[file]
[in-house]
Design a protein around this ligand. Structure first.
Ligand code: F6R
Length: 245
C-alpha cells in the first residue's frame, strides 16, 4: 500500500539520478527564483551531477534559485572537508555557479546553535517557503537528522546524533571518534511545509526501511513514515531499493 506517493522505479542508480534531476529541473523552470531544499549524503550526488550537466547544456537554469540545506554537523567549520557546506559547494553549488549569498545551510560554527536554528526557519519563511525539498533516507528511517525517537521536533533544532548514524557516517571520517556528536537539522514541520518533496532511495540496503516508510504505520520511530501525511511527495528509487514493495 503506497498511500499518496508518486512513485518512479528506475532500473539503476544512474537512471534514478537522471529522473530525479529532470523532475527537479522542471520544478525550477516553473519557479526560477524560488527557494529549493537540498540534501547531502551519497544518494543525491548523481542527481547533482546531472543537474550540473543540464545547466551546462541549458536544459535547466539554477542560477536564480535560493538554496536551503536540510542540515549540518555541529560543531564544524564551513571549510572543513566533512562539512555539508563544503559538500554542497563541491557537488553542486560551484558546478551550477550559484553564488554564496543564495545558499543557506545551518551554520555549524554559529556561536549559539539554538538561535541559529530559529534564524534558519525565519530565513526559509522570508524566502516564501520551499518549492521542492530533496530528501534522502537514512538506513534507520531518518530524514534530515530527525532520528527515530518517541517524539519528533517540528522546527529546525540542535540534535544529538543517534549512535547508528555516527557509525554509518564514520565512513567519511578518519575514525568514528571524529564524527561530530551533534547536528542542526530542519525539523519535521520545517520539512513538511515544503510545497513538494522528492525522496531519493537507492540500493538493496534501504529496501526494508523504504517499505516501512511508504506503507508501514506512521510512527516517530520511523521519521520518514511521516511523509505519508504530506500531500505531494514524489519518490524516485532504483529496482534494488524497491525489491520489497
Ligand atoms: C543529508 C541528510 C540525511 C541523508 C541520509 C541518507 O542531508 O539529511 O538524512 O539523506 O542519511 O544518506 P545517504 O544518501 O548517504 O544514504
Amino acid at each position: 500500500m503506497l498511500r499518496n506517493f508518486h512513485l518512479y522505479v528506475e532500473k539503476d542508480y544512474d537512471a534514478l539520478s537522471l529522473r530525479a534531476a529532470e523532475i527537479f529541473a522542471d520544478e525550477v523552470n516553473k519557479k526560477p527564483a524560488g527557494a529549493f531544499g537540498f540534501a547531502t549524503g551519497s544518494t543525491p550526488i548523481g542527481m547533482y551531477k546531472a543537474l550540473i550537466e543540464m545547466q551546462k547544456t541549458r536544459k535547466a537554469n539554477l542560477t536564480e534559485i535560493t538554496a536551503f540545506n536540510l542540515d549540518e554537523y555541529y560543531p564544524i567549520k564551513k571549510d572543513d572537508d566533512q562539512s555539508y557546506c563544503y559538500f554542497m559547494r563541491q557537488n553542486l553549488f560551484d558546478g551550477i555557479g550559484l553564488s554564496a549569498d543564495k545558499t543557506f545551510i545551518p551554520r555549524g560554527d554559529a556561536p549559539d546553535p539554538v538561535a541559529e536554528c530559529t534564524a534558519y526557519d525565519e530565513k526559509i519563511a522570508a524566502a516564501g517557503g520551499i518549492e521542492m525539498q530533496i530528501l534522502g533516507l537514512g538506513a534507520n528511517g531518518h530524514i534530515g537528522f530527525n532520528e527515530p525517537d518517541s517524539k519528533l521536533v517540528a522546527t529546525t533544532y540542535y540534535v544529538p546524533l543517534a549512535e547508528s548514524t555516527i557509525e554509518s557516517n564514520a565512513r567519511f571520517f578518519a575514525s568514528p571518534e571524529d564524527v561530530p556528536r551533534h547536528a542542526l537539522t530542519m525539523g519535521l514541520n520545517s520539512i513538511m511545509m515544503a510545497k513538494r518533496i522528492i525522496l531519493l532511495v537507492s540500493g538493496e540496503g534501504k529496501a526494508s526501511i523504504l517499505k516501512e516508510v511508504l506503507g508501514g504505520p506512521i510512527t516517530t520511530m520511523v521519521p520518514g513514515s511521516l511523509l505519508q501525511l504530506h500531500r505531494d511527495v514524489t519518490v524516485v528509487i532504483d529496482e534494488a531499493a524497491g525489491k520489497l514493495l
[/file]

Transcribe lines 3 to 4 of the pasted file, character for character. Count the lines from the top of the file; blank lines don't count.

Ligand code: F6R
Length: 245